Thousands Discover Science at Sea2Sky Galway

Máire Geoghegan-Quinn, European Commissioner for Research, Innovation and Science, officially opens the Sea2Sky event in Galway.  Photograph: Cushla Dromgool-Regan

Thousands of visitors attended the ‘Sea2Sky” European Researchers Night held in  Salthill, Galway today (Friday 28th September 2012), a celebration of the natural physical world from the marine through the atmosphere and into space. 

Máire Geoghegan-Quinn, European Commissioner for Research, Innovation and Science, officially opened the event in Galway which was organised by NUI Galway in collaboration with the Marine Institute, Galway Atlantaquaria, and CIT Blackrock Castle Observatory in Cork.

She said,"The Sea2Sky event, organised as part of European Researchers Night, is all about discovering science in a fun way and raising interest in research careers among young people. Around 350 cities, from Akureyri in Iceland to Nicosia in Cyprus, will take part in the event. We need more researchers in Europe, and I hope that students will take inspiration from the victory of Ireland's Mark James Kelly and Eric Doyle, who won first prize in the European Contest for Young Scientists earlier this week."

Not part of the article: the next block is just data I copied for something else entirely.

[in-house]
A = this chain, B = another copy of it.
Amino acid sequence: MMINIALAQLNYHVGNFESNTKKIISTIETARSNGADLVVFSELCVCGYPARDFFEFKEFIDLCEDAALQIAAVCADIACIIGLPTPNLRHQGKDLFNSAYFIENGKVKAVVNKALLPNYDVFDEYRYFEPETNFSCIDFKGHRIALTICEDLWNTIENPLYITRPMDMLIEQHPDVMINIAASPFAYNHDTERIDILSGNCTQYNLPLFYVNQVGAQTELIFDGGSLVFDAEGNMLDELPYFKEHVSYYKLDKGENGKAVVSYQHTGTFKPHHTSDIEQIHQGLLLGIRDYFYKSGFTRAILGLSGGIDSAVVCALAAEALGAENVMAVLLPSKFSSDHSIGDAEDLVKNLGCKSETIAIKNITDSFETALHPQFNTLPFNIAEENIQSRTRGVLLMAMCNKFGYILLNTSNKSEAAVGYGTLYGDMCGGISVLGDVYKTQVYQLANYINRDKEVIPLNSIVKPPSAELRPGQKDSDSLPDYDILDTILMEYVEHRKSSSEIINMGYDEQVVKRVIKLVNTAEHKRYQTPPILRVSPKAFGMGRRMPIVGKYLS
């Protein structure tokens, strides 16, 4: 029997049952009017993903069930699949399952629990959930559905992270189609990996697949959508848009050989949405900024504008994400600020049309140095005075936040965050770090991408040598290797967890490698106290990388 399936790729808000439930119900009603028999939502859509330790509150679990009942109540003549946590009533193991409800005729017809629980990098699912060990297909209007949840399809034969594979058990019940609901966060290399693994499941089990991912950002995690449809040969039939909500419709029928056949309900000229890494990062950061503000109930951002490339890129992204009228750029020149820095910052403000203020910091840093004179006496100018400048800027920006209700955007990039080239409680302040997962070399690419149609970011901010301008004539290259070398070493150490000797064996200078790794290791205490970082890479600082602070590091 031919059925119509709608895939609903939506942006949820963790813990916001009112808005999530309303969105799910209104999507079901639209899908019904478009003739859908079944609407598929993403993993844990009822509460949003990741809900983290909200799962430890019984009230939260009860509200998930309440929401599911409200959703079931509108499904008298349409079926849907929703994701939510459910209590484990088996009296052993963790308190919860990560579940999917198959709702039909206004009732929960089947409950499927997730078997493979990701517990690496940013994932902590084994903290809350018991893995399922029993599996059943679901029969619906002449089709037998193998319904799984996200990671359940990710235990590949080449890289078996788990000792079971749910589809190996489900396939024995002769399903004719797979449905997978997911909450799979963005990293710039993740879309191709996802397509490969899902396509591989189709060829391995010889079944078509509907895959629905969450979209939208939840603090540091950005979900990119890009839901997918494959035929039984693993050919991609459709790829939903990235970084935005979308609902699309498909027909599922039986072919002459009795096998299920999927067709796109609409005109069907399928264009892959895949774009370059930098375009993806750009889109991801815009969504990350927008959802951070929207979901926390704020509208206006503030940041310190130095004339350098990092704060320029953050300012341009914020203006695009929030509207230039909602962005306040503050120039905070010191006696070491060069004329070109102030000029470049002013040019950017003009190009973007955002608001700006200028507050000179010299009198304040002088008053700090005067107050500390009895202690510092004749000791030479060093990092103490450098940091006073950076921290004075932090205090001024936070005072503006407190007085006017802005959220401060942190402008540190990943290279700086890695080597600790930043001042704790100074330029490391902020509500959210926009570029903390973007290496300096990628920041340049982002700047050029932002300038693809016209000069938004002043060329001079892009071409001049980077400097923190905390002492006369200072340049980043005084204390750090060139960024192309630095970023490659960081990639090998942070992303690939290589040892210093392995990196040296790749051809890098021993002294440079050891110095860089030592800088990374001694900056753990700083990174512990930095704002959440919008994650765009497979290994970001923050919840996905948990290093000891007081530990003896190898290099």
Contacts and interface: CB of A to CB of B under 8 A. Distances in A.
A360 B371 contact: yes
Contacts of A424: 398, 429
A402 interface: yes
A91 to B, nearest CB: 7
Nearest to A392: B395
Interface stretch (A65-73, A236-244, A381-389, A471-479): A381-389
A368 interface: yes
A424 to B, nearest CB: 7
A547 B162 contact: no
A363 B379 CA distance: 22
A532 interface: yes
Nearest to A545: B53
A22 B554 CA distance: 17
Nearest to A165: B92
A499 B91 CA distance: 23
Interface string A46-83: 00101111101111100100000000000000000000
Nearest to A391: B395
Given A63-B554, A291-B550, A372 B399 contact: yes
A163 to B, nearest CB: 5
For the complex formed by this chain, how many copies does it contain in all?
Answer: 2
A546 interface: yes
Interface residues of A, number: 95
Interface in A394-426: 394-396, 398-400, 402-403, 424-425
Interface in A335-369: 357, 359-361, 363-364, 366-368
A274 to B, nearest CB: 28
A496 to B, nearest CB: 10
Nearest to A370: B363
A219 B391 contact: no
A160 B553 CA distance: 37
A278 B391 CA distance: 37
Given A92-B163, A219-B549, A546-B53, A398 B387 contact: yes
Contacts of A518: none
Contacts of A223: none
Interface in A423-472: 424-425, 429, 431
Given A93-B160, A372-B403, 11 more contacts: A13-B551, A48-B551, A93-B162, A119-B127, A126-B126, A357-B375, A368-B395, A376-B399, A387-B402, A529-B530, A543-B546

A variety of interactive stands at Galway Bay Hotel highlighted the work of the Marine Institute and Ireland’s rich and diverse marine ecosystem. 

“The success of the Sea2Sky event has provided a great opportunity for the wider community to engage with scientists and researchers at a local level in Galway and learn about Ireland’s marine resource which is ten times the size of its land mass,” said Dr Peter Heffernan, CEO of the Marine Institute.

“The excitement and enthusiasm, particularly among the many students that visited the exhibition today, was very tangible. Indeed some of them may well be inspired to go on to make major scientific discoveries in their future careers or become entrepreneurs that will tap into the huge potential of Ireland’s ocean wealth.

Celebrating marine science and research the Marine Institute greeted visitors with some of Ireland’s most impressive marine science, technology and equipment:

The Remotely Operated Vehicle Holland 1 has been used in exciting surveys such as the discovery of a field of hydrothermal vents along the Mid-Atlantic Ridge last year, as well as recent surveys closer to home including the Whittard Canyons along the Continental Shelf.

The Research Vessel’s Operations team also show cased more of the ground breaking work involving the RV Celtic Explorer and the RV Celtic Voyager, as well as the specialised equipment used with the ROV Holland 1.
Amazing samples and film footage of life and land under the sea at depths of 3000m was shown, including cold water corals along the continental shelf to the newly discovered hydrothermal vents along the mid-Atlantic ridge.  Some of this footage will be in the up and coming National Geographic series “Alien Deep – Its Alive” which is to air on 28th October on the National Geographic Channel.